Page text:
| In 1842, Maro Johnson purchased a portion of lot #2. The deed read that Johnson had to have the property paid for and a respectable building erected on it within one year. Those terms were met. The building became Dr. Johnson's office. — — Map (db m27382) HM|
| George LeRetilley, a Roscoe merchant and a son of James LeRetilley Sr, built this as his home in 1853.
It remains a private residence. — — Map (db m25621) HM|
| This building, dedicated in the spring of 1987, was named in honor of Raymond Hay as a lasting memorial to the late Coshocton businessman for the many contributions he made to the Roscoe Village restoration and to Coschocton County. It is also . . . — — Map (db m26403) HM|
| This house, built by 1840, was the home of Jacob Welsh. Welsh is on record as having been a toll collector from 1836-1837.
Being a favorite of Mrs. Frances Montgomery, one of the founders of the restoration project, this was the first building . . . — — Map (db m26404) HM|
|James LeRetilley Sr. purchased the building in 1849, a year before his death. In 1825, he moved to Caldersburgh from Muskingum County and opened a general store. He was the first postmaster in Caldersburgh (1826). After the canal opened, LeRetilley . . . — — Map (db m27381) HM|
| James Taylor, owner of a Coshocton woolen mill, built a house and possibly the fruit cellar on this lot in 1826. Taylor moved to California in 1840. Subsequent owners include David Frew, a miller, farmer, and a postmaster, and Daniel Rose, a . . . — — Map (db m27383) HM|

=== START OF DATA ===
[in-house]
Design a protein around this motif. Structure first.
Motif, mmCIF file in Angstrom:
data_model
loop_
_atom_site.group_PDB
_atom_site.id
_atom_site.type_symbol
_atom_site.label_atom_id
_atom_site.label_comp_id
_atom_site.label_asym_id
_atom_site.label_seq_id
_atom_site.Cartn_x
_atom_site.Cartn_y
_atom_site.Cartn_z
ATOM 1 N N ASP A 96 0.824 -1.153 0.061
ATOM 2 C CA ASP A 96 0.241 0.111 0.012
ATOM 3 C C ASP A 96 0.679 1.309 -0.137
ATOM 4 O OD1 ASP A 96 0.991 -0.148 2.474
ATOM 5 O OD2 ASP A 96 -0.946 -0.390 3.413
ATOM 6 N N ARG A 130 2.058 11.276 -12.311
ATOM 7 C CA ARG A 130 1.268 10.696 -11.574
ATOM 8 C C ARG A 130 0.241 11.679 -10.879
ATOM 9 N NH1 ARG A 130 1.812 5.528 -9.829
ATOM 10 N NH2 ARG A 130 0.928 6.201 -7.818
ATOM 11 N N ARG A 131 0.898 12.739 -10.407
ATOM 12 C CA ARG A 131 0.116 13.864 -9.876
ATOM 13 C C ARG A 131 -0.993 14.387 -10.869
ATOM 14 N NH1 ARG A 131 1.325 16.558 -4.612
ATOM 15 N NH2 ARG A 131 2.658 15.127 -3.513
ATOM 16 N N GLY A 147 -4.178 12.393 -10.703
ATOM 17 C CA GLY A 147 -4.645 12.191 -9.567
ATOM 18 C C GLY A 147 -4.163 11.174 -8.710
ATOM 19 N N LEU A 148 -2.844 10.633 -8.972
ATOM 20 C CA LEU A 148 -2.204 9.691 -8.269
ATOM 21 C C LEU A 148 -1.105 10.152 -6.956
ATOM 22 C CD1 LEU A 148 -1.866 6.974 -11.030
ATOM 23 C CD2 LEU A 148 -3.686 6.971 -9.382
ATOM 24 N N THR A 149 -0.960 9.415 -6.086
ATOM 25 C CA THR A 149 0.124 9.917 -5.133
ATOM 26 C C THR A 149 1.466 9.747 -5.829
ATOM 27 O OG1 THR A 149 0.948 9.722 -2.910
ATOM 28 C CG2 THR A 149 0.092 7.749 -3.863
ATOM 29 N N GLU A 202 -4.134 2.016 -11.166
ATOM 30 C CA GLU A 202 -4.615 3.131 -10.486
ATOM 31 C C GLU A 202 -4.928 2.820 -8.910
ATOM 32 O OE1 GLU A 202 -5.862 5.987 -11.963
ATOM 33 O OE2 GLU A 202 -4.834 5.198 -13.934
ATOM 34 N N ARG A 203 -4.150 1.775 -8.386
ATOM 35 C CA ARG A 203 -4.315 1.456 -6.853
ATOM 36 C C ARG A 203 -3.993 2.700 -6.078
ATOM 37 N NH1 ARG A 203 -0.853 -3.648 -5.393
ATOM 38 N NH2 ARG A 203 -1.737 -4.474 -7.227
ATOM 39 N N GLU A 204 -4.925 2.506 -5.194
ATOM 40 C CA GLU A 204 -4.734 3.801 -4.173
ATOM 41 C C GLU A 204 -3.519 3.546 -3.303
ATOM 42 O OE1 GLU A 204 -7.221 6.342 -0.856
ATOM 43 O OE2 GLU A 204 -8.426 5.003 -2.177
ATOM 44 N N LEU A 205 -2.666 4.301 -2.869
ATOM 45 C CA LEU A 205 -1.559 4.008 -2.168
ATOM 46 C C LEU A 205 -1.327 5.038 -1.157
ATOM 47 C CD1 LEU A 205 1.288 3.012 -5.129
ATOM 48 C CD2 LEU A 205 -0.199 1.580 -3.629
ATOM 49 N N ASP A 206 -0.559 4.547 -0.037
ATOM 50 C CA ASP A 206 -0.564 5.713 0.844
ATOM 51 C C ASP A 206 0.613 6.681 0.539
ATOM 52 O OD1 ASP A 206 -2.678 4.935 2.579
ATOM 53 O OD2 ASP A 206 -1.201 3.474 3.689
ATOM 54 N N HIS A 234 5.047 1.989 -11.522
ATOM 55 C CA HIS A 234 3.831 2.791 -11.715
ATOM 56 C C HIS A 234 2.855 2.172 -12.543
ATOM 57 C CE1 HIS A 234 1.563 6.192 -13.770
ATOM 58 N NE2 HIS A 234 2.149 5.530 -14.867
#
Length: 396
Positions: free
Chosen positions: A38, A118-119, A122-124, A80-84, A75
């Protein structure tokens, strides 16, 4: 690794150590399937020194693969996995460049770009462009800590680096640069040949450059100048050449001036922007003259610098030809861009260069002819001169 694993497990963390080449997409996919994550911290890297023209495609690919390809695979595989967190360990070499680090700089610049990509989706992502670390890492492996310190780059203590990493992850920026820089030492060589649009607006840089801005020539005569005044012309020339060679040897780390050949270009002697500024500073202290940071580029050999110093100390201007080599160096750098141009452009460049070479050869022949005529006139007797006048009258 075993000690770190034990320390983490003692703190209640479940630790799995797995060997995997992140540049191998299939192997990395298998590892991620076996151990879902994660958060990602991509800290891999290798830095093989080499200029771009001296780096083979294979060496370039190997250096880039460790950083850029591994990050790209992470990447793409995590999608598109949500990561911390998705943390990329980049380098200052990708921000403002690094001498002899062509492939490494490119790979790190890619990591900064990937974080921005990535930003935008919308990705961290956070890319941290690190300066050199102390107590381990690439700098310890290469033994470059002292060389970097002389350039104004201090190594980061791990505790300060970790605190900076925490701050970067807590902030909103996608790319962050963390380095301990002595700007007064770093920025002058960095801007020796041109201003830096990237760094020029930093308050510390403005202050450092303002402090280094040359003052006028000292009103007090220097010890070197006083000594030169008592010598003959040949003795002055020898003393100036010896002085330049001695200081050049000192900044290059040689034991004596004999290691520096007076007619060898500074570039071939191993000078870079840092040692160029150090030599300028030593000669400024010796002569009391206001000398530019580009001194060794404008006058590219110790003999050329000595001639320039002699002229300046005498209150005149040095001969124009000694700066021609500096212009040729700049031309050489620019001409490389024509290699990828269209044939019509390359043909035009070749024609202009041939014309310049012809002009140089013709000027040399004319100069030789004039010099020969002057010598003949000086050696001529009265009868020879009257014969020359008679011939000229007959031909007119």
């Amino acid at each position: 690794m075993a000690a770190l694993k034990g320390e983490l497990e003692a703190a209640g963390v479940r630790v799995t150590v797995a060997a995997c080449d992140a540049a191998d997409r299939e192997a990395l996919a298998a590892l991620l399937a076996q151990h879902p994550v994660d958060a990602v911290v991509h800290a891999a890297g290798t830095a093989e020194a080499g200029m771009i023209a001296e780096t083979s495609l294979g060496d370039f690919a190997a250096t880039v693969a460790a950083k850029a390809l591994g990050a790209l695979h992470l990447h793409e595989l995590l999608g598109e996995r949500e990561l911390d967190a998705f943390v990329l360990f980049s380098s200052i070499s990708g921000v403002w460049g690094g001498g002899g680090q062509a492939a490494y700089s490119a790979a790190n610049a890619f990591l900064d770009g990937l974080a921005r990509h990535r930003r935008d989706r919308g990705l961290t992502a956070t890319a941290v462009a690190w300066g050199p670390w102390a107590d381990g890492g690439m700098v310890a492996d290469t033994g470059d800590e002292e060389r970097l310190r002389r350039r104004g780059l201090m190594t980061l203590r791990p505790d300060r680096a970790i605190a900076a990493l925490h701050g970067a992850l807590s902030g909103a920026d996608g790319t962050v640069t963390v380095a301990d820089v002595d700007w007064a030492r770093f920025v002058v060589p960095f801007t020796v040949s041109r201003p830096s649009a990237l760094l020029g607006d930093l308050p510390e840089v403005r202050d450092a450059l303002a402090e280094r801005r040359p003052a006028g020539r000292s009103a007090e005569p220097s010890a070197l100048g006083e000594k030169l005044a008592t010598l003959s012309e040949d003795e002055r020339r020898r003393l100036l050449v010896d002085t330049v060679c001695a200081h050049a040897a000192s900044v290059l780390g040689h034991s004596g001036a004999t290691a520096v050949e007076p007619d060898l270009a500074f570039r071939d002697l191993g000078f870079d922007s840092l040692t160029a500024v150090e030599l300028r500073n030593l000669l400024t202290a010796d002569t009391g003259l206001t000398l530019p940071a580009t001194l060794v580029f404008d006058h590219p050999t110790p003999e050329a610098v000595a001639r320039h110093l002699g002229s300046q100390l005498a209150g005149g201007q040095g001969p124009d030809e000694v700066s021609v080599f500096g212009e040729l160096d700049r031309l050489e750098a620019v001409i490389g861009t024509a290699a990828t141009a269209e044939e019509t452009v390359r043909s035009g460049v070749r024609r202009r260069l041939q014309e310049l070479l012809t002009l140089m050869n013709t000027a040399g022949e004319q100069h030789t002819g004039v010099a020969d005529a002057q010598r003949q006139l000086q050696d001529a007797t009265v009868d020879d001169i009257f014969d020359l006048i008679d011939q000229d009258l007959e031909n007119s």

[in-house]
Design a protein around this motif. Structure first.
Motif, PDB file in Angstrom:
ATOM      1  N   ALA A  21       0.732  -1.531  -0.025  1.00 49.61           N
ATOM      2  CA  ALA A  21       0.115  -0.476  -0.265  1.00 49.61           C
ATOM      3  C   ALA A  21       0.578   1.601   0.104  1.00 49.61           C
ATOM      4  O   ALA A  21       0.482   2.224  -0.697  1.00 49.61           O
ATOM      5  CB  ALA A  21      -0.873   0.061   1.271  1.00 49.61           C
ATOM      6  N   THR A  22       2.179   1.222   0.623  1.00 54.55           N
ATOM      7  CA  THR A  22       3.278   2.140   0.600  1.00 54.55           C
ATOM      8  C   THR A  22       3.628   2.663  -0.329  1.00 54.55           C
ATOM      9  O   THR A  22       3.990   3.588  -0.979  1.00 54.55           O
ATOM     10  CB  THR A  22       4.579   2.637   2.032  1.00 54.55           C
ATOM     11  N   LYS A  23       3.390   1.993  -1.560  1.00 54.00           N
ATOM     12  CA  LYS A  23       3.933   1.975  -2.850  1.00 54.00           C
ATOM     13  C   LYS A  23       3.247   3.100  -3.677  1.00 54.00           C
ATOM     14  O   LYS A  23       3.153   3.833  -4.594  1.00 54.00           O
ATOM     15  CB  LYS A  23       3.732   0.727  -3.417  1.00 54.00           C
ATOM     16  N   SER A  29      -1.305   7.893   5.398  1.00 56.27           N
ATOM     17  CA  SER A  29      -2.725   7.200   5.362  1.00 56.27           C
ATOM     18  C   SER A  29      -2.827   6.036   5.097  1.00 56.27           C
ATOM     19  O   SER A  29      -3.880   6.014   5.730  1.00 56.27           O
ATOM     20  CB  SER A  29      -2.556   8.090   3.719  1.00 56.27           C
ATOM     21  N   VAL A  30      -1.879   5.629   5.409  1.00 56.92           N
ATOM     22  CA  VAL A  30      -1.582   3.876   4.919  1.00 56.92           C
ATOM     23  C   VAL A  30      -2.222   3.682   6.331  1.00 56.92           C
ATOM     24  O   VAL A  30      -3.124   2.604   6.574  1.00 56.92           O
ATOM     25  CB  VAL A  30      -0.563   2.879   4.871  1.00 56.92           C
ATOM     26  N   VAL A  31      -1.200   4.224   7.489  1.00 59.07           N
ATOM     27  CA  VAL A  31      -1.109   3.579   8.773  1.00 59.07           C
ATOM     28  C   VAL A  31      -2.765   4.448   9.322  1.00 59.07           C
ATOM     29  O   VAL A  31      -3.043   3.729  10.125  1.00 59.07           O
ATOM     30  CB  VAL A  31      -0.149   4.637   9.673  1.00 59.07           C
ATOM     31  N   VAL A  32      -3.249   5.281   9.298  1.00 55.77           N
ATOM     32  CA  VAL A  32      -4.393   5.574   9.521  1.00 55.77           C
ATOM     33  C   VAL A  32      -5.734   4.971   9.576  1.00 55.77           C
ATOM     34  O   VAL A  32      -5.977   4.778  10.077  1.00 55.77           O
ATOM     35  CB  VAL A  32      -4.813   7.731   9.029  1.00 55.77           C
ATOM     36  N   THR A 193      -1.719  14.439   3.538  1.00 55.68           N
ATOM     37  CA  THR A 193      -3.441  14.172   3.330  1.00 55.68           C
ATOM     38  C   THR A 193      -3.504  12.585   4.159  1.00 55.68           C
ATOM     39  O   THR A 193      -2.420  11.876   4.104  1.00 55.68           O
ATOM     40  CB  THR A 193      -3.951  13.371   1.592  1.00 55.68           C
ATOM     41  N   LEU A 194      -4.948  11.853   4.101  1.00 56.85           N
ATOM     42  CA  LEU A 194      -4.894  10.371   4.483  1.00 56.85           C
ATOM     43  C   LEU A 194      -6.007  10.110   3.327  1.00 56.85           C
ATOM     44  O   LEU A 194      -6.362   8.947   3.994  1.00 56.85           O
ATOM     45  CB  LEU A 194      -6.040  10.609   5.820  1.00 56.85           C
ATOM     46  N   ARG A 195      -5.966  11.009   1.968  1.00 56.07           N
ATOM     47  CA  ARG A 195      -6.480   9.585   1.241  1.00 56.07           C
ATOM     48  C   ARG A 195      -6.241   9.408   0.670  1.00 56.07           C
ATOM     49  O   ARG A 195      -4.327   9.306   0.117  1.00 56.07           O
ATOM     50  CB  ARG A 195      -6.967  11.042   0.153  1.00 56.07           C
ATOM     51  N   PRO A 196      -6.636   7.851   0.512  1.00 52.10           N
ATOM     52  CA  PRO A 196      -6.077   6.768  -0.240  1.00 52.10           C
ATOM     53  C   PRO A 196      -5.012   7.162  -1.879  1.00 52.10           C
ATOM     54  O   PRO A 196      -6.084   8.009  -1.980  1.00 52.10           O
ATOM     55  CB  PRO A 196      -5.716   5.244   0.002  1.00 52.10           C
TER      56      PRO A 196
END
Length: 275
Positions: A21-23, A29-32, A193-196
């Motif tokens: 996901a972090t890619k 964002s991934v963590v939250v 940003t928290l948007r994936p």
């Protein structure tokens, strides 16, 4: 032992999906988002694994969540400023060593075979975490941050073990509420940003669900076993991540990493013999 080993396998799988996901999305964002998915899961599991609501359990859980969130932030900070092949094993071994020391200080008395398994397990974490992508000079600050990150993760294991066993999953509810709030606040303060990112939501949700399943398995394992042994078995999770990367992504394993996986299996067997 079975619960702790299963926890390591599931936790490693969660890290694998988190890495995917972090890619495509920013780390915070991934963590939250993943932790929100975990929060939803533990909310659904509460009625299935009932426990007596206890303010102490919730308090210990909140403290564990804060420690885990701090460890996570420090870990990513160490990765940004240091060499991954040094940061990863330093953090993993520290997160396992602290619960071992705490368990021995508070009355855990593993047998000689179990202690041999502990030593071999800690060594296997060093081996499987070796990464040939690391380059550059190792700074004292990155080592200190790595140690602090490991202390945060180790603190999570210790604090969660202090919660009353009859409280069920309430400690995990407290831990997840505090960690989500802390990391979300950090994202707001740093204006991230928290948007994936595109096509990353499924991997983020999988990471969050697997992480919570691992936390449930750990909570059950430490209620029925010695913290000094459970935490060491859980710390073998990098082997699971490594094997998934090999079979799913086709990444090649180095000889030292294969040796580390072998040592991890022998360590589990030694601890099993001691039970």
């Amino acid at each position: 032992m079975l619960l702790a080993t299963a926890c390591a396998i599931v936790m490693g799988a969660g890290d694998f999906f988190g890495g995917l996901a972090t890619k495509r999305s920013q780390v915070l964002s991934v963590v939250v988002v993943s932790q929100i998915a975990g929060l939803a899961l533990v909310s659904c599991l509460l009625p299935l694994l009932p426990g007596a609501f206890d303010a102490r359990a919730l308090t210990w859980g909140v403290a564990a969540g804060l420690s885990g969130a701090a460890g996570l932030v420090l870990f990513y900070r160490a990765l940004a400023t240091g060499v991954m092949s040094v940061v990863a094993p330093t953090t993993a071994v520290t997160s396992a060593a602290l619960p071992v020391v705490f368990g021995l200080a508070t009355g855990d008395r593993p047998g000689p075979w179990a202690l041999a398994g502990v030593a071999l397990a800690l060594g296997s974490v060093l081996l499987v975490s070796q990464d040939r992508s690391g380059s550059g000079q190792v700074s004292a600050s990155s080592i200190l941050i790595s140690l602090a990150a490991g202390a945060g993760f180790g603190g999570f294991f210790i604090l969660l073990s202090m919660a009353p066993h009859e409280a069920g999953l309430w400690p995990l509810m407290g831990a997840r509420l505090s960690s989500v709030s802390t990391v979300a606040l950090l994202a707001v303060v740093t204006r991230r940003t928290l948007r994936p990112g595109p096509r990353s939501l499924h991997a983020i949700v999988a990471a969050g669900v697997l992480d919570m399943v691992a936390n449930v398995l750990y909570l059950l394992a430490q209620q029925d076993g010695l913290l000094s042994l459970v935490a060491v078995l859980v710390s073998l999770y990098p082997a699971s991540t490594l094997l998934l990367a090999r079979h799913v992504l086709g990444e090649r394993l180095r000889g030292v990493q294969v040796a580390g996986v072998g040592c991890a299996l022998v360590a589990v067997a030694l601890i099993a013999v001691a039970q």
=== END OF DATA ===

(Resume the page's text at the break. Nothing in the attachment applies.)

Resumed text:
| Built in 1831, this “Old Warehouse” was used to store large quantities of grain, hides, wool and produce. There was a dry goods store on the upper level. Known as the “Mill Store” in the 1830's, this was the natural place . . . — — Map (db m27379) HM|
| Roscoe has a long history with blacksmithing, but not always at this location. Originally consisting of a two-story center section with a one-story south wing, our smithy was constructed c.1890 as a stable. In 1905, the original south wing was . . . — — Map (db m26405) HM|
|Since its construction, this has always been a retail building: at one time a grocery store and once a mortuary. The upper floors contain private apartments.
The building is named after William Roscoe, an English poet and abolitionist. — — Map (db m27380) HM|